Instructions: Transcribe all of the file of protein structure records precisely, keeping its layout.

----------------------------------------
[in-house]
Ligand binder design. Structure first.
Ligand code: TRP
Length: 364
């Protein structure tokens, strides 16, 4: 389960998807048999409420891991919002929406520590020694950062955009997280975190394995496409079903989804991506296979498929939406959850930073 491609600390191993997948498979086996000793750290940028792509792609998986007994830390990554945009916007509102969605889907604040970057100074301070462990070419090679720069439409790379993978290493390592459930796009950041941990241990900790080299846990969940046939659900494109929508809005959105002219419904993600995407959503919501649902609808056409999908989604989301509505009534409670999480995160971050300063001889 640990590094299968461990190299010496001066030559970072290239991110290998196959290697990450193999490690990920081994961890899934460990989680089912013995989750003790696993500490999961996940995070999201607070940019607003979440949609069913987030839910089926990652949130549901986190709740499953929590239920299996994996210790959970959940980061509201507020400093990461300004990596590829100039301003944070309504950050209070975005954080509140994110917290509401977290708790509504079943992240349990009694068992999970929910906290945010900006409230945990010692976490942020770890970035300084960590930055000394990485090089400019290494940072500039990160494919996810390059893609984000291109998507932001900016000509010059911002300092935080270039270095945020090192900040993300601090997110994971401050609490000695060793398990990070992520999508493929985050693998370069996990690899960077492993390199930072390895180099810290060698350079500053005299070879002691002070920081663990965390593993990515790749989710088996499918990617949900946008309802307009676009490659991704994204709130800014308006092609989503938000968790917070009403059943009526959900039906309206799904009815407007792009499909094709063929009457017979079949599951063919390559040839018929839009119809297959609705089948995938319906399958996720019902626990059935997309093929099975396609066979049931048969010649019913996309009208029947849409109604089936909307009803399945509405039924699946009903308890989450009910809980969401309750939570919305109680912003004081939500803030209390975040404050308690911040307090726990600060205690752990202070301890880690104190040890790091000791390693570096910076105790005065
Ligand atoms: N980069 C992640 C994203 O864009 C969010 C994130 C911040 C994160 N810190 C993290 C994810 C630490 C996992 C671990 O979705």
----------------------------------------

[in-house]
Ligand binder design. Structure first.
Ligand code: TRP
Length: 364
């Protein structure tokens, strides 16, 4: 389960998807048999409420891991919002929406520590020694950062955009997280975190394995496409079903989804991506296979498929939406959850930073 491609600390191993997948498979086996000793750290940028792509792609998986007994830390990554945009916007509102969605889907604040970057100074301070462990070419090679720069439409790379993978290493390592459930796009950041941990241990900790080299846990969940046939659900494109929508809005959105002219419904993600995407959503919501649902609808056409999908989604989301509505009534409670999480995160971050300063001889 640990590094299968461990190299010496001066030559970072290239991110290998196959290697990450193999490690990920081994961890899934460990989680089912013995989750003790696993500490999961996940995070999201607070940019607003979440949609069913987030839910089926990652949130549901986190709740499953929590239920299996994996210790959970959940980061509201507020400093990461300004990596590829100039301003944070309504950050209070975005954080509140994110917290509401977290708790509504079943992240349990009694068992999970929910906290945010900006409230945990010692976490942020770890970035300084960590930055000394990485090089400019290494940072500039990160494919996810390059893609984000291109998507932001900016000509010059911002300092935080270039270095945020090192900040993300601090997110994971401050609490000695060793398990990070992520999508493929985050693998370069996990690899960077492993390199930072390895180099810290060698350079500053005299070879002691002070920081663990965390593993990515790749989710088996499918990617949900946008309802307009676009490659991704994204709130800014308006092609989503938000968790917070009403059943009526959900039906309206799904009815407007792009499909094709063929009457017979079949599951063919390559040839018929839009119809297959609705089948995938319906399958996720019902626990059935997309093929099975396609066979049931048969010649019913996309009208029947849409109604089936909307009803399945509405039924699946009903308890989450009910809980969401309750939570919305109680912003004081939500803030209390975040404050308690911040307090726990600060205690752990202070301890880690104190040890790091000791390693570096910076105790005065
Ligand atoms: N980069 C992640 C994203 O864009 C969010 C994130 C911040 C994160 N810190 C993290 C994810 C630490 C996992 C671990 O979705």